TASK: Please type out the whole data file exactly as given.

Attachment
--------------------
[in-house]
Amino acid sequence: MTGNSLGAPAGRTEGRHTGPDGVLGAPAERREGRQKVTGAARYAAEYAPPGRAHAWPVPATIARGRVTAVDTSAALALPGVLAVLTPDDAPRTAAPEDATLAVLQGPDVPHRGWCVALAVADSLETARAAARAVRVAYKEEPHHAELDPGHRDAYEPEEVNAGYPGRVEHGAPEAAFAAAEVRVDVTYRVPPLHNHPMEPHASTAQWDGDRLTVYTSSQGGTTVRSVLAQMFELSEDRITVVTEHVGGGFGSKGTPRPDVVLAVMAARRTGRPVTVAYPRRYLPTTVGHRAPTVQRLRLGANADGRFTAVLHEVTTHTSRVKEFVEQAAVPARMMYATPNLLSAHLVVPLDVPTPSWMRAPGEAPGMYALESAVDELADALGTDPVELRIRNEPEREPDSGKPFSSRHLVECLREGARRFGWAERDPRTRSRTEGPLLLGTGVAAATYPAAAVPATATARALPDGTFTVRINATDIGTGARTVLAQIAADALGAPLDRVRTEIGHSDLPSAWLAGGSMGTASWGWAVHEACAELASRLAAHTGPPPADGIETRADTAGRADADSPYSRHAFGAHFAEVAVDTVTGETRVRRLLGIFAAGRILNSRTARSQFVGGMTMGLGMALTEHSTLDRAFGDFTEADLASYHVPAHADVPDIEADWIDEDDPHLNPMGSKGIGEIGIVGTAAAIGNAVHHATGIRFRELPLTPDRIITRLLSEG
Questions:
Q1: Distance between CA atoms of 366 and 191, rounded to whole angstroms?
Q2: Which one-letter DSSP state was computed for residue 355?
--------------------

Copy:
[in-house]
Amino acid sequence: MTGNSLGAPAGRTEGRHTGPDGVLGAPAERREGRQKVTGAARYAAEYAPPGRAHAWPVPATIARGRVTAVDTSAALALPGVLAVLTPDDAPRTAAPEDATLAVLQGPDVPHRGWCVALAVADSLETARAAARAVRVAYKEEPHHAELDPGHRDAYEPEEVNAGYPGRVEHGAPEAAFAAAEVRVDVTYRVPPLHNHPMEPHASTAQWDGDRLTVYTSSQGGTTVRSVLAQMFELSEDRITVVTEHVGGGFGSKGTPRPDVVLAVMAARRTGRPVTVAYPRRYLPTTVGHRAPTVQRLRLGANADGRFTAVLHEVTTHTSRVKEFVEQAAVPARMMYATPNLLSAHLVVPLDVPTPSWMRAPGEAPGMYALESAVDELADALGTDPVELRIRNEPEREPDSGKPFSSRHLVECLREGARRFGWAERDPRTRSRTEGPLLLGTGVAAATYPAAAVPATATARALPDGTFTVRINATDIGTGARTVLAQIAADALGAPLDRVRTEIGHSDLPSAWLAGGSMGTASWGWAVHEACAELASRLAAHTGPPPADGIETRADTAGRADADSPYSRHAFGAHFAEVAVDTVTGETRVRRLLGIFAAGRILNSRTARSQFVGGMTMGLGMALTEHSTLDRAFGDFTEADLASYHVPAHADVPDIEADWIDEDDPHLNPMGSKGIGEIGIVGTAAAIGNAVHHATGIRFRELPLTPDRIITRLLSEG
Questions:
Q1: Distance between CA atoms of 366 and 191, rounded to whole angstroms?
Q2: Which one-letter DSSP state was computed for residue 355?